Drug Rehab: Does it Work?
I'm not drinking any more. Of course, I'm not drinking any less.
Last year Congress passed the mental health parity law requiring for the first time that insurers cover mental health, including addiction treatment, at parity with physical illness. The yearly cost to state and federal governments of substance abuse treatment has been more than $15 billion, and to insurers another $5 billion for over 4 million people. Thanks to the new law that cost will rise precipitously.
Rehabilitation programs, both in- and outpatient, run by governmental, county, state and federal, along with private agencies represent a thriving growth industry, particularly in the private sector. Many clinics across the country have long waiting lists, and researchers estimate that up to "20 million Americans" (sic!) could benefit from treatment. I assume many of these patients are suffering from depression with or without drug dependency, but the definition of those who "could benefit" is slippery, if not opaque. Enormous sums of public and private as well as tax-supported government money are lavished on these highly promoted programs, yet few dollars are spent on critically important studies of the comparative effectiveness, if any, of various approaches to addiction, whether conventional AA group therapy, medical/psychiatric, faith-based, or voodoo.
The 12-steps of Alcoholics Anonymous, AA, one of the first and most widely respected and copied peer support therapies, is based on the philosophy that it is the responsibility of recovering groups of people to help others like themselves overcome drug and alcohol dependency. AA and its founders are largely opposed to institutionalized or inpatient treatment of addiction. (No one, however, denies the occasional medical need for short term detoxification of addicts in an institutionalized setting.)
No standards exist for the long term management of various forms of addiction, particularly to drugs and alcohol; each of the thousands of programs has its own philosophy and methods of implementation. Although most treatment programs have borrowed or plagiarized from AA no one knows what is best for the individual patient, how long treatment should last, and virtually no statistically reliable long range data is available on the outcomes of treatment. Even AA, Alcoholics Anonymous, (and NA, Narcotics Anonymous) the most well-known of all substance abuse programs have never published -let alone to my knowledge-collected data on its participants' success rate.
The National Institute on Drug Abuse (NIDA) initiated studies in 1992 with the Drug Abuse Treatment Outcome Studies (DATOS). The baseline data used currently was gathered from only 10,010 adult clients entering 96 drug abuse treatment programs during 1991-1993. Although "treatment progress" data were collected at 3 and 6 months, follow-up data were collected only from a sample of approximately 3,000 clients at 12 months post treatment. 3,000 patients!!! An extended follow-up gathered data on these 3,000 clients over a 5-year follow-up period. The resulting publication gave uninterpretable vague data on outcomes. I wonder how much money the NIH and NIDA spent on these incomplete and unsatisfying studies. Some "cost-benefit analysis" was attempted, however.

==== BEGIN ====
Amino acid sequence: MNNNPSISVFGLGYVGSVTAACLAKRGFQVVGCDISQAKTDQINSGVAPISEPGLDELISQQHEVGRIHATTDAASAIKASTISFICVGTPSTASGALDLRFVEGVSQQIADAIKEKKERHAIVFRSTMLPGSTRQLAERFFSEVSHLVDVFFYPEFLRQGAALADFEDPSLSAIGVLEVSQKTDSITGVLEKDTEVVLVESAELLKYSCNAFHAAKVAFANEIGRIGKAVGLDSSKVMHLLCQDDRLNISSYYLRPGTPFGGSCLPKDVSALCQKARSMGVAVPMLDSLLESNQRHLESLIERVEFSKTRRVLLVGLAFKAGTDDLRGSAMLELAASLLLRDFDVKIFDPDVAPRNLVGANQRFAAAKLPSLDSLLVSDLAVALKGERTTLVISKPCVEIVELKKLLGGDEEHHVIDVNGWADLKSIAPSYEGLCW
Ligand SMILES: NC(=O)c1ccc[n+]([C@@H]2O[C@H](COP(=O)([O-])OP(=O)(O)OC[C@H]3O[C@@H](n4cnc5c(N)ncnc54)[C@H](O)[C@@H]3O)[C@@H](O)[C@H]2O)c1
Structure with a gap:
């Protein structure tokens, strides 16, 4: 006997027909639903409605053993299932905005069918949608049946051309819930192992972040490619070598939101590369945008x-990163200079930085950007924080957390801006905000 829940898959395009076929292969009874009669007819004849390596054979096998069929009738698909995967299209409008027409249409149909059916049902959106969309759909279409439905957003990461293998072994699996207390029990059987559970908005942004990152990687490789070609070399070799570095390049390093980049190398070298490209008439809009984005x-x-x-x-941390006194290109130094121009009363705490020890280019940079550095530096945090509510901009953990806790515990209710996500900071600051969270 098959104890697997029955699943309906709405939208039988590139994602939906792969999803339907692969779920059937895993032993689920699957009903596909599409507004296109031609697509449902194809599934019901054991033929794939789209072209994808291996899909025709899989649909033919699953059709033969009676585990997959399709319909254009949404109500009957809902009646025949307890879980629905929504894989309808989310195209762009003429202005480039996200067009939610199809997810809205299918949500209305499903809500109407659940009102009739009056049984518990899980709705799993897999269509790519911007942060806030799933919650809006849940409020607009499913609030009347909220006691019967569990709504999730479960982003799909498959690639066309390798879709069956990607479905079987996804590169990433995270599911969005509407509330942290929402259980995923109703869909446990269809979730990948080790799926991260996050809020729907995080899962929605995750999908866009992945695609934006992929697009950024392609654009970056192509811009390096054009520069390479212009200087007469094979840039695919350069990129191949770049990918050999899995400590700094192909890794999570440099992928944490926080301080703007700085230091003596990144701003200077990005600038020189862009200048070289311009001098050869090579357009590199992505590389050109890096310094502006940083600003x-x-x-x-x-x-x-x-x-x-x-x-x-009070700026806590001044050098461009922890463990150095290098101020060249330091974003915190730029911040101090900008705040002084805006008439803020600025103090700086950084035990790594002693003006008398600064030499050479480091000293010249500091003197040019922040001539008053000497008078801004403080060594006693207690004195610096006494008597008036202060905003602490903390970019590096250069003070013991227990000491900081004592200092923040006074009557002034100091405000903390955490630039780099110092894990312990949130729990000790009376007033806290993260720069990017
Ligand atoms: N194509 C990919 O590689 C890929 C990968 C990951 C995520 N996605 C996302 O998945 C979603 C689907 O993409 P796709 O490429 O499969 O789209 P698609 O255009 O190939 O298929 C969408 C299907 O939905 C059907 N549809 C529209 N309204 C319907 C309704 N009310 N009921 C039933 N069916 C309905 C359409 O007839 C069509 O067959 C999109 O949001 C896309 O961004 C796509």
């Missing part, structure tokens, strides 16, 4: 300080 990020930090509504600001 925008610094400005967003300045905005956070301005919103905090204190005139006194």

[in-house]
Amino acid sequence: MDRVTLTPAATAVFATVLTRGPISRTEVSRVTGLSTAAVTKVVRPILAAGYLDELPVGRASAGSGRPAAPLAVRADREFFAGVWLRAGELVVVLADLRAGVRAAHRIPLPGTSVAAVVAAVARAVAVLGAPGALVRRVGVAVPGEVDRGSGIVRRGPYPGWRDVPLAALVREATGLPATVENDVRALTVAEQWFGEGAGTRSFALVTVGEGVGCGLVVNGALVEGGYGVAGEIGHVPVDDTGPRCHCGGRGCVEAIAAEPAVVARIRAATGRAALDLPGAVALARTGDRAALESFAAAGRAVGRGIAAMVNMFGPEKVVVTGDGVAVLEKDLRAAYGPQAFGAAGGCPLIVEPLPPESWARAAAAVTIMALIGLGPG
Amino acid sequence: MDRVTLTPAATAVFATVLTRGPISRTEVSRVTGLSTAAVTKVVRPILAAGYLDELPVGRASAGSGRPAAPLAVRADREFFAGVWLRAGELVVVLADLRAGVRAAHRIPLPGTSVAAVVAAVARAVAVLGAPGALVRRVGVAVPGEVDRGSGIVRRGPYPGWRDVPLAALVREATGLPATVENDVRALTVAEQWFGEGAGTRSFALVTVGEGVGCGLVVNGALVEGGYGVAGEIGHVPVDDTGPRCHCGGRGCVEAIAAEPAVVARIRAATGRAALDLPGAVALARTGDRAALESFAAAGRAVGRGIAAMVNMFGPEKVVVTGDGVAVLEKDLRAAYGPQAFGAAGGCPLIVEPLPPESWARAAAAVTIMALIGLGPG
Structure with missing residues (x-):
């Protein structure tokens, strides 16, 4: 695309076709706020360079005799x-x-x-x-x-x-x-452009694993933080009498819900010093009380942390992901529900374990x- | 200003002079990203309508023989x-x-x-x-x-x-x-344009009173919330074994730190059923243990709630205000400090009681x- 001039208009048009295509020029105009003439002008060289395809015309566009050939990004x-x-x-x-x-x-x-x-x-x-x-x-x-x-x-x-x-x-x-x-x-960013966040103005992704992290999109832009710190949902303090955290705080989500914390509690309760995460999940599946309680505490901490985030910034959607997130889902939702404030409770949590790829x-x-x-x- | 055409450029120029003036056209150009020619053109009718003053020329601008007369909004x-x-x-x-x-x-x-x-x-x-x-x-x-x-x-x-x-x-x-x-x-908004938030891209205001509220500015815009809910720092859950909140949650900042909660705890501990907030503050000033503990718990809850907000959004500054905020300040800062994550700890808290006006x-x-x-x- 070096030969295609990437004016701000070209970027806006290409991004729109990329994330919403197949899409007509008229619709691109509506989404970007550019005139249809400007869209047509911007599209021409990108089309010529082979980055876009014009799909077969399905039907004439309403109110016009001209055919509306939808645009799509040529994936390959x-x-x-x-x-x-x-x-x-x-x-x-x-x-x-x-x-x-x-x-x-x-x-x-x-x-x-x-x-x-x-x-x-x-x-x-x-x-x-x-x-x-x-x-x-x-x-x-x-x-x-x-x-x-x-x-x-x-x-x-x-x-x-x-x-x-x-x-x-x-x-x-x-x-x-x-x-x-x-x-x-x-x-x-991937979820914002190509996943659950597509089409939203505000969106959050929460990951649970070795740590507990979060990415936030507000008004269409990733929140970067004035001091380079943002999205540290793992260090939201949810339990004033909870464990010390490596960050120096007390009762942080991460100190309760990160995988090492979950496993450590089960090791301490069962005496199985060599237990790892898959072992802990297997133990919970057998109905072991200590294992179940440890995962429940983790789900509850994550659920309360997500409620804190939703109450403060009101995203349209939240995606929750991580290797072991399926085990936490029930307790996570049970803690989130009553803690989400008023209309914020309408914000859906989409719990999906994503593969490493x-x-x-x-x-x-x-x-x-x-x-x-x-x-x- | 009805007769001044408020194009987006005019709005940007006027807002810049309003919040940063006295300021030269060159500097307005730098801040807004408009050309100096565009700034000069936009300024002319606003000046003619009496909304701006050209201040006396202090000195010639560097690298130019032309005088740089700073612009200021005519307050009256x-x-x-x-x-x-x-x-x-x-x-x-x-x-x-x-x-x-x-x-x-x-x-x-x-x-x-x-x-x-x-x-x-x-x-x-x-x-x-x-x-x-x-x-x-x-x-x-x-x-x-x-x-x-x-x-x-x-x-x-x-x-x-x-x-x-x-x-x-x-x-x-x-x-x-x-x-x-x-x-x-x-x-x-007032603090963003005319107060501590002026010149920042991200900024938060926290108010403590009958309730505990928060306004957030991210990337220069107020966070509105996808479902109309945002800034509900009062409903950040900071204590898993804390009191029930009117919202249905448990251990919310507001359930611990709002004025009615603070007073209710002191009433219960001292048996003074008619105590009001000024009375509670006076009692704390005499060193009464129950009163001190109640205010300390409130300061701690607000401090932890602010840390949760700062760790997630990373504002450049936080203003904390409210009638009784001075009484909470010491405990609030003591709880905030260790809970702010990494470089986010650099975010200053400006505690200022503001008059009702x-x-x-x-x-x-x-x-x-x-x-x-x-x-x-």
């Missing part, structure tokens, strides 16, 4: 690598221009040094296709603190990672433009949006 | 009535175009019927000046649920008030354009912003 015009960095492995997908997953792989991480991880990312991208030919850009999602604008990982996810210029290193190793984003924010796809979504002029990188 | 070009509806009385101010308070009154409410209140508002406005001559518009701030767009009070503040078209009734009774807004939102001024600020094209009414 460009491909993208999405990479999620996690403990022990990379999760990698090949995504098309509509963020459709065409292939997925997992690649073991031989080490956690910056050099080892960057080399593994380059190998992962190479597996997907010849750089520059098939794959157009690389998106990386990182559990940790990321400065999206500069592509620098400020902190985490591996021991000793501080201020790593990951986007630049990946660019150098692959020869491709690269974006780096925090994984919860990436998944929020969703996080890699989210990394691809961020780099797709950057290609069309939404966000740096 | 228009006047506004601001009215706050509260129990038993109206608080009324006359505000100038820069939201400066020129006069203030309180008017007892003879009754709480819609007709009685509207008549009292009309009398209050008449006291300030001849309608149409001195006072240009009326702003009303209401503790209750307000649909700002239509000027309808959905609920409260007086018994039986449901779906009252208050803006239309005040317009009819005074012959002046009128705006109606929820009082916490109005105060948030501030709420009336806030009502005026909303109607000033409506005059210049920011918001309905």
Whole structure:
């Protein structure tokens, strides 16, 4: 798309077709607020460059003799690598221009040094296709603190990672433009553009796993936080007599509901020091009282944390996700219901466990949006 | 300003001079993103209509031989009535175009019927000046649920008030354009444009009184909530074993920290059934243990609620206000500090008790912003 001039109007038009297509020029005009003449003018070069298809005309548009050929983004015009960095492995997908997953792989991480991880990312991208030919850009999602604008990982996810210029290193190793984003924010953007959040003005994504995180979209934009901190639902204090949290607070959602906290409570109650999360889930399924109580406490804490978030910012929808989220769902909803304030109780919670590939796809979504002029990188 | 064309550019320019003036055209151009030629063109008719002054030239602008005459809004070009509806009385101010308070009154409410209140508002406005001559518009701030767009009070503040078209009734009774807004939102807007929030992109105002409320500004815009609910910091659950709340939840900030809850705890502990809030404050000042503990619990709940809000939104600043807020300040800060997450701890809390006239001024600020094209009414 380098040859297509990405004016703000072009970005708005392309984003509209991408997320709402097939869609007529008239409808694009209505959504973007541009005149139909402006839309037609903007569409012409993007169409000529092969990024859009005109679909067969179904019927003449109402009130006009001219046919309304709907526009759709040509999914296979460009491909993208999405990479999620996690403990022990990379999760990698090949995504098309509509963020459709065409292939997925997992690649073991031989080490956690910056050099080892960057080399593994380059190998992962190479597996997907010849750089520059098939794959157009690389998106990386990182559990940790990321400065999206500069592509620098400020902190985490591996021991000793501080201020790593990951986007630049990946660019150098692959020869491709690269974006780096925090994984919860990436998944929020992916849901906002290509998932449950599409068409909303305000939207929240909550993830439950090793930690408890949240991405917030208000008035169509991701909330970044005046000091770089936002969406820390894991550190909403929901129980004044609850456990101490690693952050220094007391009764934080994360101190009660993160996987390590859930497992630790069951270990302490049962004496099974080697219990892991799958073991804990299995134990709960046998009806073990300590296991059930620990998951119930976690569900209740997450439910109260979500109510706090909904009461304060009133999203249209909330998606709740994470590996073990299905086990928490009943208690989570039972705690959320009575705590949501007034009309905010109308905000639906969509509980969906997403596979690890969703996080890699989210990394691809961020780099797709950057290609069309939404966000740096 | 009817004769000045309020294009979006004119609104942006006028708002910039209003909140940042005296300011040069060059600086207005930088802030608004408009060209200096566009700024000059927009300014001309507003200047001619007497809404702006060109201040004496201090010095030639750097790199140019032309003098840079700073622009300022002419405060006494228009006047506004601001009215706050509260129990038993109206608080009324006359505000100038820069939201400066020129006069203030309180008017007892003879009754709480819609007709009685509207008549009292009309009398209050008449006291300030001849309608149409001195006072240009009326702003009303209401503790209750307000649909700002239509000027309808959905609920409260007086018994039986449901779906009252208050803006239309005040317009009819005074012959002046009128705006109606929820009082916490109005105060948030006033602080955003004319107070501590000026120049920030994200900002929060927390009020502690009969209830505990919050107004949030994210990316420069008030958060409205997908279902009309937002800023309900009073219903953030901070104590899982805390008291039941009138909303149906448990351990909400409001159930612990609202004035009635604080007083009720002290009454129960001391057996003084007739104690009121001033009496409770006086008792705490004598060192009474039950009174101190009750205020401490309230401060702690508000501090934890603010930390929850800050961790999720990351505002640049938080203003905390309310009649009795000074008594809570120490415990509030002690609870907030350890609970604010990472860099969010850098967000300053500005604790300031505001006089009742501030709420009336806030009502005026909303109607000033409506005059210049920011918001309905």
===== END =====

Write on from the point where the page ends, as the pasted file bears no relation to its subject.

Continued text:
The resort-and-spa private clinics in particular almost never allow outside researchers to verify their published success rates-when those rates are indeed collected. According to this source "The majority of treatment programs do not have success rates higher than seen from those who quit without professional help; which translates to a 10%-15% success rate."
An excellent article in The New York Times (Dec. 23, 2008) in an important series on "The Evidence Gap in Medicine," quotes A. Thomas McClellan, CEO of the nonprofit Treatment Research Institute in Philadelphia: "What we have in this country is a washing-machine model of addiction treatment...You go to Shady Acres for 30 days or to some clinic for 60 visits for 60 days...And then you're discharged and everyone's crying and hugging and feeling proud-and you're supposed to be cured." He added, "It doesn't really matter if you're a movie star going to some resort by the sea or a homeless person. The system doesn't work well for what for many people is a chronic, recurring problem."
I am strongly in favor of AA, and any or sensible outpatient treatment program that can supply plenty of convincing anecdotal endorsements. If indeed there are programs that can offer some 2-5 year data on relapse and/or success rate, I would invite them to contact me. So far I have searched for this data in vain.
I am highly skeptical of inpatient or institutionalized rehab usually lasting for one to several weeks; whether private or Government-sponsored. These programs cost hundreds to thousands of dollars a day for little more than a promise and a primrose. Hugs and kisses on graduation hardly seem appropriate for a future filled with relapse and remorse for so many.
Martin F. Sturman, MD, FACP
Copyright 2009, Mathemedics, Inc.
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